The Flexibility of the Mind
The genius of the scientific method is that it accepts no permanent solution. Skepticism is its solvent, for every theory is imperfect. Scientific facts are meaningful because they are ephemeral, because a new observation, a more honest observation, can always alter them.
The power of science lies not in its ability dictate truth, but rather for the important stories that it tells that are relevant to our lives. Science is like a nebulous blob that is always rearranging and shifting, expanding to take in new observations. However, this isn’t always how science was viewed.
In the 19th century, positivism began to exert its influence over many of the time’s influential thinkers. This philosophy stated that the only true knowledge is scientific knowledge, knowledge gained through strict adherence to the scientific method based on empirical fact. This philosophy picked up steam especially because of the ideas that Darwin put forward in On the Origin of Species. Social Darwinists quickly jumped on this train, trying use Darwin’s work on natural selection to justify social programs such as eugenics.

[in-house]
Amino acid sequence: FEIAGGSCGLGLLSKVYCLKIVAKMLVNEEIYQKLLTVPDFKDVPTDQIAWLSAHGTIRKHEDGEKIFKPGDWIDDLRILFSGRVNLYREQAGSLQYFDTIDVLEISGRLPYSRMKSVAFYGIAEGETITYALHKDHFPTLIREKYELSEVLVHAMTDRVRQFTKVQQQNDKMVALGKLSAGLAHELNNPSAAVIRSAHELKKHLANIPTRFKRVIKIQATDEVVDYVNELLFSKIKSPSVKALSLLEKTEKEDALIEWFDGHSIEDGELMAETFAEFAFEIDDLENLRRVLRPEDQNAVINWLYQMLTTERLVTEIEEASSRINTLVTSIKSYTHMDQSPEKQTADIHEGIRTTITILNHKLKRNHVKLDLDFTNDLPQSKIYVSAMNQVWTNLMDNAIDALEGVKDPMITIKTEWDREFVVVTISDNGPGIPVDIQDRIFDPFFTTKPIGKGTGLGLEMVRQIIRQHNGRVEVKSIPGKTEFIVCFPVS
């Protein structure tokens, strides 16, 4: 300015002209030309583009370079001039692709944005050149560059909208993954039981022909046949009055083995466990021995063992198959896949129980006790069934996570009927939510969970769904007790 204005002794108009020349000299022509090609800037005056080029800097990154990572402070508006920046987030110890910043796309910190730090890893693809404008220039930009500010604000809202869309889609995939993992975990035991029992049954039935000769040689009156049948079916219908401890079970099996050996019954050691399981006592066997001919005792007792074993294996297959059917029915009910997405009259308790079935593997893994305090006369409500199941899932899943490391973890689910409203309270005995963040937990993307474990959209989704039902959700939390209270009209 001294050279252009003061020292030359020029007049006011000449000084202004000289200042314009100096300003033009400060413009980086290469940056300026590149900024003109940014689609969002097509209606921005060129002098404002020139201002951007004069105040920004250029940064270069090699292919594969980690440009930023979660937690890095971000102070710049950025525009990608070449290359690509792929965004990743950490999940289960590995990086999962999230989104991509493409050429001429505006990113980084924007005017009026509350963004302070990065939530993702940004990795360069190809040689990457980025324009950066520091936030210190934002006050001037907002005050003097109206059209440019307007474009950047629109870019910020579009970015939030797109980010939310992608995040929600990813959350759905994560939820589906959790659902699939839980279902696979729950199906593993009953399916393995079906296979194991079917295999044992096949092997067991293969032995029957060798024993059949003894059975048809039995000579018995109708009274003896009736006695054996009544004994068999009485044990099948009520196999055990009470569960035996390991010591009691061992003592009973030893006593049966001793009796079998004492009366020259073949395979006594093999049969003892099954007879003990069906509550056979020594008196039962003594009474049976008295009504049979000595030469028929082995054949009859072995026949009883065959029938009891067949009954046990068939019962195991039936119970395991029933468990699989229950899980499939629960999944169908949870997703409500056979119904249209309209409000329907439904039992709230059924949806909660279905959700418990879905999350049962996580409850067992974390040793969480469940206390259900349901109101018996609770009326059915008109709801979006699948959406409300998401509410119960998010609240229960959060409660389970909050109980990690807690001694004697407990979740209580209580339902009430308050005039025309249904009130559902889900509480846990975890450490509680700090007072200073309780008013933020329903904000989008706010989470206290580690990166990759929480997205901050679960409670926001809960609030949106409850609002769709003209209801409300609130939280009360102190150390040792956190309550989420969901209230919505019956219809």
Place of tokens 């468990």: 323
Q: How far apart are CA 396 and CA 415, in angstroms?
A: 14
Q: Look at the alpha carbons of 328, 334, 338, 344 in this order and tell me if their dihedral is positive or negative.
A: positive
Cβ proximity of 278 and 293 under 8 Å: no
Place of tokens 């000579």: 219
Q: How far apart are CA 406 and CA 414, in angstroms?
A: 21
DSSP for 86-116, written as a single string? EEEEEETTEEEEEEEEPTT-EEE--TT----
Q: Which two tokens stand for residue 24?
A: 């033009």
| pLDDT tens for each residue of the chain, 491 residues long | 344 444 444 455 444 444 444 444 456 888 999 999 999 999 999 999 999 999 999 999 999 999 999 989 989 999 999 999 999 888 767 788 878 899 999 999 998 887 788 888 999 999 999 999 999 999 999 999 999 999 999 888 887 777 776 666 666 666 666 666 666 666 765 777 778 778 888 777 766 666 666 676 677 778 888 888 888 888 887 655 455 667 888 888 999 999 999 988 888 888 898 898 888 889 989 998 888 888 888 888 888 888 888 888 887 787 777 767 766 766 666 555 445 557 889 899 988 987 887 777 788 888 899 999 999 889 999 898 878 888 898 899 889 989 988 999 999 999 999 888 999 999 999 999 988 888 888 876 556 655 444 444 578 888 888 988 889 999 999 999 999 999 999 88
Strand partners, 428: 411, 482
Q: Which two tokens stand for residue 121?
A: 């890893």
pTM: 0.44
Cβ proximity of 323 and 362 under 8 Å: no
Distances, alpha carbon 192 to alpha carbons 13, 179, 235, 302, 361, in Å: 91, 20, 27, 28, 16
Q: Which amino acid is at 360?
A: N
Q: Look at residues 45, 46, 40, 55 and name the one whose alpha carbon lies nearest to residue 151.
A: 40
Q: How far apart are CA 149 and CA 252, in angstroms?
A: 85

While positivism and social Darwinism suffered many attacks in the following years, this stanch scientific predestination took a hold on many people. Even today, many people believe the misinformed statement that Herbert Spencer phrased, which expressed the major of tenet of what he understood natural selection to be; the “survival of the fittest”. When asked why poor people can’t make it in the world, some people simply shrug their shoulders and say, “survival of the fittest.” And even after Freud uncovered the unconscious, pointing out the subjectivity of every inquiry, many people refuse to believe what they cannot see proved scientifically.